Quit Staring at My Plate: Family as a prison
- VENICE 2016: Croatian director Hana Jušić makes her feature debut with the story of a young woman oppressed by her strange and brutish relatives, as she longs for a breath of fresh air
The image chosen to adorn the film's poster speaks for itself: a young woman lies on a bed, closely surrounded by her mother, father and brother, who appear to be breathing all over her. Quit Staring at My Plate [+see also:
interview: Hana Jušić
film profile], the feature debut by Croatian director Hana Jušić, delves into this stifling family environment, which stretches far beyond all tolerable limits. The director has already made acclaimed short films such as No Wolf Has a House (Best Film at the London Short Film Festival in 2016), and she is now in competition in the Venice Days at the 73rd Venice Film Festival.
The first few minutes of the film prove beyond all doubt that the lead character, Marijana, is not allowed even a moment's peace, even in the toilet. She has an intrusive mother, an authoritative father and an older brother who never seems to grow up, all of whom are squeezed into a tiny, cluttered flat, where the smell of fried food fills the air and they sleep literally side by side. And that's not to mention the meals at the dinner table, which are pure torture for all concerned. It is only the occasional dip in the swimming pool that seems to grant this androgynous, reserved, pasty 24-year-old a minute's relief. The situation takes a turn for the worse when her father suffers a stroke and is left in a vegetative state: Marijana then assumes the role of head of the household, along with all the responsibilities that entails, while her unemployed brother watches TV and her reckless mother squanders money on dinosaur-shaped chicken croquettes.
Even the neighbourhood, located in a crumbling, chaotic area on the outskirts of Šibenik (Dalmatia), seems to be tightening around Marijana's neck because nobody can mind their own business. Her only way of letting off steam becomes casual sex with strangers, activities that obviously don't take too long to come out in this nightmarish “big brother” environment that surrounds and imprisons her. She must make a bid for freedom: but where should she run to? And what if the outside world is even worse?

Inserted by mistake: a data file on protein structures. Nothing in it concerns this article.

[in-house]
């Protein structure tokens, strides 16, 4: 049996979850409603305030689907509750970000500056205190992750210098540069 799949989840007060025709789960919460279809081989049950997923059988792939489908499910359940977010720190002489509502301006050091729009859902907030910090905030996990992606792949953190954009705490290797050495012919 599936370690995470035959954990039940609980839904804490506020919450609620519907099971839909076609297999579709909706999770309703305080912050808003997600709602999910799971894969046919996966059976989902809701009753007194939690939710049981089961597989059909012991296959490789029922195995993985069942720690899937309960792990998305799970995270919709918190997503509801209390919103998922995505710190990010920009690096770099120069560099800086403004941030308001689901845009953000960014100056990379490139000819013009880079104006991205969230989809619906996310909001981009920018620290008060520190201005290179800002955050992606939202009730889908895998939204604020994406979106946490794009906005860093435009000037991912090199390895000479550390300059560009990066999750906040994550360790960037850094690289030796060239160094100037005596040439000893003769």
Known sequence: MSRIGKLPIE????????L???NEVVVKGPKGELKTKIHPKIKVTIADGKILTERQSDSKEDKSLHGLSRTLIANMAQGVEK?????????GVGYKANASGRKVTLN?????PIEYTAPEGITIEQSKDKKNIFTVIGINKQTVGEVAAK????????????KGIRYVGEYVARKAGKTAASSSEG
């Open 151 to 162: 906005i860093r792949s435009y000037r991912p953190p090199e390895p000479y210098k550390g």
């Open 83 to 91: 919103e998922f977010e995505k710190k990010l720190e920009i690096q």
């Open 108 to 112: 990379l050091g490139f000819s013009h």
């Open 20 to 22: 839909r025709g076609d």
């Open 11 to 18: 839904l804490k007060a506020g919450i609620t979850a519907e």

The young Croatian director uses brutal realism, but also touches of dark humour, to outline the dynamics of this dysfunctional family, where the relationships are complex and contradictory, where heated quarrels are followed by day trips to the seaside or an ice cream in the city centre, and where an unexpected hug gives us a fleeting glimpse of a certain humanity in the midst of so much soullessness. All of this is immersed in some fairly ugly aesthetics, where Jana Plecas' polished cinematography appears to seek out beauty even in the most extreme decay, alternating suggestive and almost surreal sequences with more documentary-like moments. Last but not least, the cast members are perfectly in sync with each other, with first-timer Mia Petričević (Marijana) sharing the set with three skilled professional actors: Arijana Čulina, a highly regarded theatre actress in her first big-screen role, playing the part of the extremely pesky mother; Nikša Butijer, who was awarded at the Pula Film Festival for his roles in The Blacks [+see also:
interview: Zvonimir Juric, Goran De…
film profile] and The Priest's Children [+see also:
interview: Vinko Bresan
film profile], in the role of the simpleton brother; and Croatian-Danish actor Zlatko Burić (seen in the Pusher trilogy) in the shoes of the overbearing father.
Quit Staring at My Plate, which was developed at the TorinoFilmLab, is a Croatian-Danish film, produced by Kinorama, Beofilm and HRT (Croatian Radiotelevision). The international sales are entrusted to Polish firm New Europe Film Sales.
(Translated from Italian)
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